Love

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Michelle Han
Professor Grobstein
December 18, 2009
Web Paper-Love
 
Love.
Love, as with many aspects of life, can mean different things to different people. We experience and share the nurturing, unconditional love from our parents and family, friendship and companionship from our friends, and the allure and passion from our significant other. However, ultimately I personally think love in its true form is a Love that is patient, and kind. A love that does not envy, does not boast, and is not proud. Love that is not rude, not self-seeking, not easily angered, keeps no record of wrongs. A Love that does not delight in evil but rejoices with the truth. A love that always protects, always trusts, always hopes, always perseveres (1 Corinthians 130). Although this may be idealistic in nature-afterall humans are far from perfect- scientists and humanists agree that all relationships, “whether they are those of parents with their children, spouses with their partners, or workers with their colleagues, rely on an ability to create and maintain social ties.” (Arges 123). But what happens when we fail, as we often do, to meet these standards, moreover, what happens when we seek people who do not embody these qualities and bring out these qualities in us? Moreover, to what extent do biological predispositions as opposed to environmental factors influence an individual’s ability to “love” and “be loved?”  Why are we driven to certain people over others and how could failedrelationships is a result of us pursuing the very factors that drive our inclinations?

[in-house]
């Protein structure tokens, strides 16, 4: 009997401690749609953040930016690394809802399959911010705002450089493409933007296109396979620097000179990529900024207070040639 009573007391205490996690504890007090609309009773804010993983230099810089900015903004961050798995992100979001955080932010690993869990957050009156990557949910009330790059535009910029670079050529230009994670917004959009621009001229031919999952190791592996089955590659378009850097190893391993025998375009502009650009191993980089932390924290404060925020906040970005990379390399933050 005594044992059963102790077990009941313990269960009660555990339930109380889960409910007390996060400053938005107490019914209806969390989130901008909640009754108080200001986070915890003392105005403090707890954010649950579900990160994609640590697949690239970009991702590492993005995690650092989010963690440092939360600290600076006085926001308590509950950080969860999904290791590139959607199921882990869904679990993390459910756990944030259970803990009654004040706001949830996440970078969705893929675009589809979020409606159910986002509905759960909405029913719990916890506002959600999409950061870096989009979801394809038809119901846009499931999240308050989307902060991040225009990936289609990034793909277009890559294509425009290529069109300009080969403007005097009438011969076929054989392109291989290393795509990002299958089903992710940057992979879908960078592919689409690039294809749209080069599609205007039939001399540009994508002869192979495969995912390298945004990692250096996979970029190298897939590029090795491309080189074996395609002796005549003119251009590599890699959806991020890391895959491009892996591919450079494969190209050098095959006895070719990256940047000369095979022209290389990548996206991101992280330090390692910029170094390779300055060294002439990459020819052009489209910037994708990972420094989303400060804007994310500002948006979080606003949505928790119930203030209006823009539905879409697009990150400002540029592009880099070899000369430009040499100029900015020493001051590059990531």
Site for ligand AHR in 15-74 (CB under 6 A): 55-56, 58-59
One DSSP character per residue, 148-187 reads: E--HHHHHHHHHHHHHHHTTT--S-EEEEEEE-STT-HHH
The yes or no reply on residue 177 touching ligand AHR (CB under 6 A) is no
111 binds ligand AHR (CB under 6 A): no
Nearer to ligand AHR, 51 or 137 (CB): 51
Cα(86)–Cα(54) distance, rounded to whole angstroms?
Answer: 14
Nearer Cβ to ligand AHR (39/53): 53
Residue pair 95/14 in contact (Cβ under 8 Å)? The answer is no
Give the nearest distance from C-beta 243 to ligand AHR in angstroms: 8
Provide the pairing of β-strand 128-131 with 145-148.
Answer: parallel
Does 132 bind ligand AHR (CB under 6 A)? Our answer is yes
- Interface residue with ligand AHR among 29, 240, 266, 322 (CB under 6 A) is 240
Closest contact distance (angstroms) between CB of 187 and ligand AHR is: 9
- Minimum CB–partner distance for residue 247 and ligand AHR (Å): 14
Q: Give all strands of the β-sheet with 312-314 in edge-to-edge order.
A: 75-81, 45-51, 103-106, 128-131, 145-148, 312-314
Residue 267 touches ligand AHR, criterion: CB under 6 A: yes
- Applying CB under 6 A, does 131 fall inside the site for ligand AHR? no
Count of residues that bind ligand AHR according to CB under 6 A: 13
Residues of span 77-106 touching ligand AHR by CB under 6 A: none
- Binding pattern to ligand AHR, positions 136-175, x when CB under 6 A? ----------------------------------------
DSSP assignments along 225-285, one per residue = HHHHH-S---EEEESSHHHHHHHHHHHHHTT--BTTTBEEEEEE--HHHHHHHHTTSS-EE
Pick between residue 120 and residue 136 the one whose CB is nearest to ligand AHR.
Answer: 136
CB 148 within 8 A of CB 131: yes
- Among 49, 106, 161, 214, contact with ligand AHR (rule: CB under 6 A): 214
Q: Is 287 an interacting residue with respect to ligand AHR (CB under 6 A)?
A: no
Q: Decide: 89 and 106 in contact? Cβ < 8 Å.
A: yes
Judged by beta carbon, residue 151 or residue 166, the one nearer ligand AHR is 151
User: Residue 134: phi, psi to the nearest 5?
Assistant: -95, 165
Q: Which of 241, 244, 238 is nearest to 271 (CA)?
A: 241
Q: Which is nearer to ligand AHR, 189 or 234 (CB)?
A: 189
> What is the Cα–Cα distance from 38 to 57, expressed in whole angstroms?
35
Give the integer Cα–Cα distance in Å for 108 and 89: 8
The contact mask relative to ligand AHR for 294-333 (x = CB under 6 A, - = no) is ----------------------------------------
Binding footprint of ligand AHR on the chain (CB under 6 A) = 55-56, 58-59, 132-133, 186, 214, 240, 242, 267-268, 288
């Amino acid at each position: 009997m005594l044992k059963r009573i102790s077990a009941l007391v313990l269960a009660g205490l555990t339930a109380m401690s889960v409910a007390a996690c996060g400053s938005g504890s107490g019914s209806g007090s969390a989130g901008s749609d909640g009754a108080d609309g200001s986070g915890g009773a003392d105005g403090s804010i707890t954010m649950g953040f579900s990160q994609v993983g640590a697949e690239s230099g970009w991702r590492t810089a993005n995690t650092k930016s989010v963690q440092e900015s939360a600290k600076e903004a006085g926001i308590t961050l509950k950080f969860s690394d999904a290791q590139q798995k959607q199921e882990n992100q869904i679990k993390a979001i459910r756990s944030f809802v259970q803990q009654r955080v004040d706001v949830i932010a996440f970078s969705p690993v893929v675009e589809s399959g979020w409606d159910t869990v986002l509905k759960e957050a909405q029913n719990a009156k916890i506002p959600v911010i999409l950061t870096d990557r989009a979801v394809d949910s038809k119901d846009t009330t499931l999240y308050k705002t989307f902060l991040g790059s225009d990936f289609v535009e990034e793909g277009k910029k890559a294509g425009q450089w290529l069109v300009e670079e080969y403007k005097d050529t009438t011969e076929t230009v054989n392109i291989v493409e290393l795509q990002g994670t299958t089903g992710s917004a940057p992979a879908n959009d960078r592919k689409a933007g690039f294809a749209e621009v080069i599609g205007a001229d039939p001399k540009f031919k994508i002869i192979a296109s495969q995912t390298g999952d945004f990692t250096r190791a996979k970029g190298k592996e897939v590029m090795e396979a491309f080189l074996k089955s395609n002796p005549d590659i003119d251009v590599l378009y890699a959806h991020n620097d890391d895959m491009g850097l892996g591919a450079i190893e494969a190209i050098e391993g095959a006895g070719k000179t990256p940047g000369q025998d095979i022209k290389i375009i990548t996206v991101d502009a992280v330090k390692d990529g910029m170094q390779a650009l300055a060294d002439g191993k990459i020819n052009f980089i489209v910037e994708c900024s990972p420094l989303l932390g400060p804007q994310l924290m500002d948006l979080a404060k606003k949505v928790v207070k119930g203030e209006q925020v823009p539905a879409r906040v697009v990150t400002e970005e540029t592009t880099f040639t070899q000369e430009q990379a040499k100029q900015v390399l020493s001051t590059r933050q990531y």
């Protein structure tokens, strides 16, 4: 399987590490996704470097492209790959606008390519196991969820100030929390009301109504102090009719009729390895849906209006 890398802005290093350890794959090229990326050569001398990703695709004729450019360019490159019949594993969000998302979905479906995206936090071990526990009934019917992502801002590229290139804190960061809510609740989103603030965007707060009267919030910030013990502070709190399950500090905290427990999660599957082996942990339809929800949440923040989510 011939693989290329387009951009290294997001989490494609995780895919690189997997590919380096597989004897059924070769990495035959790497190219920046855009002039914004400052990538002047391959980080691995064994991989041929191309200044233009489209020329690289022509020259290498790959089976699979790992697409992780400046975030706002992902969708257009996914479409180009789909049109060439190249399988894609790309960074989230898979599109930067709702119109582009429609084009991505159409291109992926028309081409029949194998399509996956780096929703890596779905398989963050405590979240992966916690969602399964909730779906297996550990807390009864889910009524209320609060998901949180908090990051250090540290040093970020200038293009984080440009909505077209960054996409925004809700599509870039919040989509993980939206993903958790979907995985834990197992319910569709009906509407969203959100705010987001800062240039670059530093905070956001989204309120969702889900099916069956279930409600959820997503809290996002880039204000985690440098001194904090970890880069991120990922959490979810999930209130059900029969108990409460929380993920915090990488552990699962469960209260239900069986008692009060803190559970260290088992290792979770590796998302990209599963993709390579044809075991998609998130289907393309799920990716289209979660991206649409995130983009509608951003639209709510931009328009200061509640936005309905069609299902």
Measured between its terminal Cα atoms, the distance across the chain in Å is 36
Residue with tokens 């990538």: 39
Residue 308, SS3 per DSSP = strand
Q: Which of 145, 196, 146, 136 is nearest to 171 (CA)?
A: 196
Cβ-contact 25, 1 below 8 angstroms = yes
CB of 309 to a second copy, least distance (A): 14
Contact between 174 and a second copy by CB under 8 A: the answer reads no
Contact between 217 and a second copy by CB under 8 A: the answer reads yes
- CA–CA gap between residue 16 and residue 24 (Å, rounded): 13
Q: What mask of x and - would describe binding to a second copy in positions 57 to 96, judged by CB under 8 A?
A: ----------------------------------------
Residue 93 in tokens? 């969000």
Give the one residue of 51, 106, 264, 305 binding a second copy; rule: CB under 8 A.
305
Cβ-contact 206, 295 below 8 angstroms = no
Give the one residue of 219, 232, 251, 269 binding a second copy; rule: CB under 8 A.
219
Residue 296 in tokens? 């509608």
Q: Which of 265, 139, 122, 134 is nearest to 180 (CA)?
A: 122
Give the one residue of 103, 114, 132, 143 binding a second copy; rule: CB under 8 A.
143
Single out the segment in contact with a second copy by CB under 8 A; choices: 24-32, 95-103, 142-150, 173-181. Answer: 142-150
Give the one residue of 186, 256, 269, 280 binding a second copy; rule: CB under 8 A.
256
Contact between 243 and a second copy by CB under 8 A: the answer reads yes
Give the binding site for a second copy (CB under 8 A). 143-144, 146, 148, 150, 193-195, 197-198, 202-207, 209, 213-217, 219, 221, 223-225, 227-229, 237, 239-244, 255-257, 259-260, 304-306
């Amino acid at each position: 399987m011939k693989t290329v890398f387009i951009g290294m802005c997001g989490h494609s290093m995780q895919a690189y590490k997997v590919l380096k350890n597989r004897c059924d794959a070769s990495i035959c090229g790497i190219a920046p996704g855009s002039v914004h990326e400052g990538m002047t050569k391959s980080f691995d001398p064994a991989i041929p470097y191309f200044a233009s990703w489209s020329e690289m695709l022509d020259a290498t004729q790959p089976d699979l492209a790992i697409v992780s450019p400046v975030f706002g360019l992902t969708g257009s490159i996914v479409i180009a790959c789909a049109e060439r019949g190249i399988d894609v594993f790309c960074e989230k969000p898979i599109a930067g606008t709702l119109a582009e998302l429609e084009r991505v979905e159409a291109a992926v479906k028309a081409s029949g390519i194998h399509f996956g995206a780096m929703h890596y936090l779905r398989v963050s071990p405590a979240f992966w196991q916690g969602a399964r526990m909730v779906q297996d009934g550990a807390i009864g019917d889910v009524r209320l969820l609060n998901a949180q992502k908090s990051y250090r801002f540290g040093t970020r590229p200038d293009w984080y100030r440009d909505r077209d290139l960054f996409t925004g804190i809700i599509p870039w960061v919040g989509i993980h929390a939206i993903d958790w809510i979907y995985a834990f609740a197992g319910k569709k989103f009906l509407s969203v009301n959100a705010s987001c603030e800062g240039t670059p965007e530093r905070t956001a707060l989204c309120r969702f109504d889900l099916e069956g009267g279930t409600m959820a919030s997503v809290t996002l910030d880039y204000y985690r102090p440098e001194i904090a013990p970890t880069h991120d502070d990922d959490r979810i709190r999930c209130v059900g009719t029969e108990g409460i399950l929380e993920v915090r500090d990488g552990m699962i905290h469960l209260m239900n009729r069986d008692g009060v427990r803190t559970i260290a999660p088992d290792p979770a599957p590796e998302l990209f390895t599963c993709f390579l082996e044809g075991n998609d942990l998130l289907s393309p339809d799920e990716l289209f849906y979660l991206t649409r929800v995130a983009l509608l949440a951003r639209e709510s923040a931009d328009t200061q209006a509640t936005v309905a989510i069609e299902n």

As one can imagine, defects can be disabling, and become apparent as disorders such as autism and schizophrenia-and, indeed as the serious depression that can result from rejection in love. Those who have Obsessive Love Disorder, for example are unable to establish normal, healthy relationships, and instead become attracted to and fixated on unavailable and emotionally inaccessible partners, many of which do not reciprocate the same feelings. What happens to these people who are not able to experience love in its “true” form? As I probe explanations to such a phenomenon, I uncover aspects of science and biology that can help better understand these questions, but also uncover questions that science alone cannot answer.